As fuel prices follow national trends and continue to rise here in the Castle Valley, state agencies such as the Utah Department of Transportation are working to alleviate travel cost wherever possible while simultaneously increasing the availability of public transportation. Last week, UDOT's Jason Green approached the Southeastern Utah Association of Local Governments Economic Development District to seek support for inner city bus service moving through the local community.
In 2009, UDOT completed an inner city bus study study which identified transportation demand within Utah and confirmed the inclusion of an in-kind match from Greyhound concerning new routes.
Since completing the study, UDOT has implemented a route along U.S. Highway 40, in conjunction with Colorado, which links Salt Lake City and Denver, Colo. According to Green, this route has seen major success, prompting the department to consider requests for proposal (RFP) concerning two other routes identified within the study. The first would link Richfield with Moroni and Fairview along U.S. Highway 89, the second would increase inner city bus service here in Castle Country.
"Of interest to you would be an RFP for a new route from Blanding on U.S. Highway 191 to Green River and up U.S. Highway 6 to Price and potentially beyond," explained Green. "Or to amend that, and look at going up State Road 10 instead of Highway 6. I'm not here for a formal buy-in today, but I would hope to find that the association does have support for inner-city bus service going through this community."
Green went on to explain that while Greyhound buses are typically the most common form of transport thought of when dealing with inner-city bus, the newest routes proposed may use a large van or smaller bus as the program begins.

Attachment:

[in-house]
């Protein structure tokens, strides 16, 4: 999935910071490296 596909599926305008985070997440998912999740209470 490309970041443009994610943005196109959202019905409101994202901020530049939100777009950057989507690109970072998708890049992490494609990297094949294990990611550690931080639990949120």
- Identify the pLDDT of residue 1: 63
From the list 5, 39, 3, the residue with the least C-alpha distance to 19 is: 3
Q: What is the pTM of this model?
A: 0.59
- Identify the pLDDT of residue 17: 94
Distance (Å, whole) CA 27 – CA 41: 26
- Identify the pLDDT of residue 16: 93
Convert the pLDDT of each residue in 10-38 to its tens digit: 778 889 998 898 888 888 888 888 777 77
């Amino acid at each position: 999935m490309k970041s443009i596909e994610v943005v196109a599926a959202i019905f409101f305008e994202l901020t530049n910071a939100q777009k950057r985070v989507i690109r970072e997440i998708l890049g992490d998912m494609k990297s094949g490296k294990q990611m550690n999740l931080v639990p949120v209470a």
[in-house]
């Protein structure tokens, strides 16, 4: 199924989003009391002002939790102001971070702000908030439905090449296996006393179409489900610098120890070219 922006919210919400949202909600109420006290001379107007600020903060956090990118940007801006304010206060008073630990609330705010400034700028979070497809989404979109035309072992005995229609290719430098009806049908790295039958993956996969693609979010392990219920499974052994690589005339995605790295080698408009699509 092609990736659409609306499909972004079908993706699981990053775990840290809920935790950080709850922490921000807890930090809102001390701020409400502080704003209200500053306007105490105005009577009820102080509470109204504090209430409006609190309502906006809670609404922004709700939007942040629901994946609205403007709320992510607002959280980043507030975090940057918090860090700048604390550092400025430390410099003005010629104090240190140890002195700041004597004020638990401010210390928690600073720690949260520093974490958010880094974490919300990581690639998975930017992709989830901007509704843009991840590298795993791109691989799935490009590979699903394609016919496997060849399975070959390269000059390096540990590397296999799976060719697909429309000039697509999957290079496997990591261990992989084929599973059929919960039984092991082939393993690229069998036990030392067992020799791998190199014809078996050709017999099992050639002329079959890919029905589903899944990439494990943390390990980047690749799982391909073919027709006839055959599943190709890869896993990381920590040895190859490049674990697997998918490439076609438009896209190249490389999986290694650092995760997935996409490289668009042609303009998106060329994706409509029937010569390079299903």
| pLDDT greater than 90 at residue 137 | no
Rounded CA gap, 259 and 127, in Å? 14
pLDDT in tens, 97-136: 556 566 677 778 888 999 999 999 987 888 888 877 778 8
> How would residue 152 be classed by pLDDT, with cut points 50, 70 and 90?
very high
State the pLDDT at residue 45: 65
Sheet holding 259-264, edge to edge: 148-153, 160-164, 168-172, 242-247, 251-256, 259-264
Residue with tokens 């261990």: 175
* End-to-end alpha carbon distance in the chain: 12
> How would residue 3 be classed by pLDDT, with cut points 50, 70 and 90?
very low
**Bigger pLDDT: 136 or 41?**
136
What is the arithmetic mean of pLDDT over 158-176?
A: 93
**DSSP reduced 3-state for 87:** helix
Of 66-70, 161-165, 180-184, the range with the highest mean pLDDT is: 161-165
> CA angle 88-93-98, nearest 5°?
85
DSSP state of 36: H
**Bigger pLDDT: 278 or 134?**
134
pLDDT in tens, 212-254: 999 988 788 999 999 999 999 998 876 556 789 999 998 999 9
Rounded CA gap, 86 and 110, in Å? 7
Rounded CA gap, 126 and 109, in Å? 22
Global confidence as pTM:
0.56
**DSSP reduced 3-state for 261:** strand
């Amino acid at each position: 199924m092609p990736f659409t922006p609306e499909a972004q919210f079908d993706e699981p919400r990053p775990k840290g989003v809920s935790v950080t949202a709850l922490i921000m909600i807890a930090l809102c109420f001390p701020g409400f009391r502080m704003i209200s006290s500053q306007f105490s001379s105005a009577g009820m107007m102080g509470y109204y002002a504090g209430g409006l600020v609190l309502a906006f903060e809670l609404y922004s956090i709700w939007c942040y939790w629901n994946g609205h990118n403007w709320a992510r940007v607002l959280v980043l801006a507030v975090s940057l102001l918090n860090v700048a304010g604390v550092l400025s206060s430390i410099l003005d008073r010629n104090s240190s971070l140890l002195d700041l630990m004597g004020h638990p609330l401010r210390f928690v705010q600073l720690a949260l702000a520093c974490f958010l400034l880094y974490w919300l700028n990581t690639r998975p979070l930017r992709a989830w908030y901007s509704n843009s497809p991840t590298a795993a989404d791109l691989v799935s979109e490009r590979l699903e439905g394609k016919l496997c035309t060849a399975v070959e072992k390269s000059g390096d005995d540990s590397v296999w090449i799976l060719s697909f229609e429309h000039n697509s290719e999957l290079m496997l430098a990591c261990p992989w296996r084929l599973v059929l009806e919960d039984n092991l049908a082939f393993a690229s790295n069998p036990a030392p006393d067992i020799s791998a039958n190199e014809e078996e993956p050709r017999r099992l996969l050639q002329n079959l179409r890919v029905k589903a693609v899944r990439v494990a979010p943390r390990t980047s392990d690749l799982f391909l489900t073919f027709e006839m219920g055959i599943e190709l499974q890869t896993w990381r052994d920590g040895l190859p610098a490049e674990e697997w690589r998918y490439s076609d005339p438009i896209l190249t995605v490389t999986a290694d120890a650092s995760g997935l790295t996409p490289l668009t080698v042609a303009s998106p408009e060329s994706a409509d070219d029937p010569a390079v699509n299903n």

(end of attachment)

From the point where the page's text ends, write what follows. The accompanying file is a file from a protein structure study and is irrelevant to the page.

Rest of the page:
"The type of vehicle used will actually be up to those who come forward when the department issues their request for proposal," said Green.
The UDOT official also went on to explain that the in-kind match provided by Greyhound within this program essentially means that there will be no local cost to the communities which tend to benefit the most from the service.
In terms of the in-kind match the proposed services would also have to feed into existing Greyhound bus stops or locations.
According to Green, in lieu of funds the local community would be expected to support the projects as well as work with those submitting proposals in order to identify the areas which would best be served by bus service.
"This could provide a wonderful service to your community to connect your area to Salt Lake City, Provo and beyond since you would be connecting to national Greyhound routes," explained Green. "We are looking to provide the maximum ridership and with your help I think this would be a great route for all parties involved."
After hearing his proposal, the association questioned Green about existing bus services, asking if new bus services would affect the current routes.
"What Greyhound gets out of this increased service is increased ridership through additional trips and some increased access," he stated. "For example, the possibility of moving a new route from Interstate 70 along State Road 10 through Emery County toward Price."
Green did stipulate that he was only at the meeting to gauge interest and to answer questions, explaining that the project would not catch any real traction until the requests for proposal were submitted, green lit by the local communities and returned to UDOT.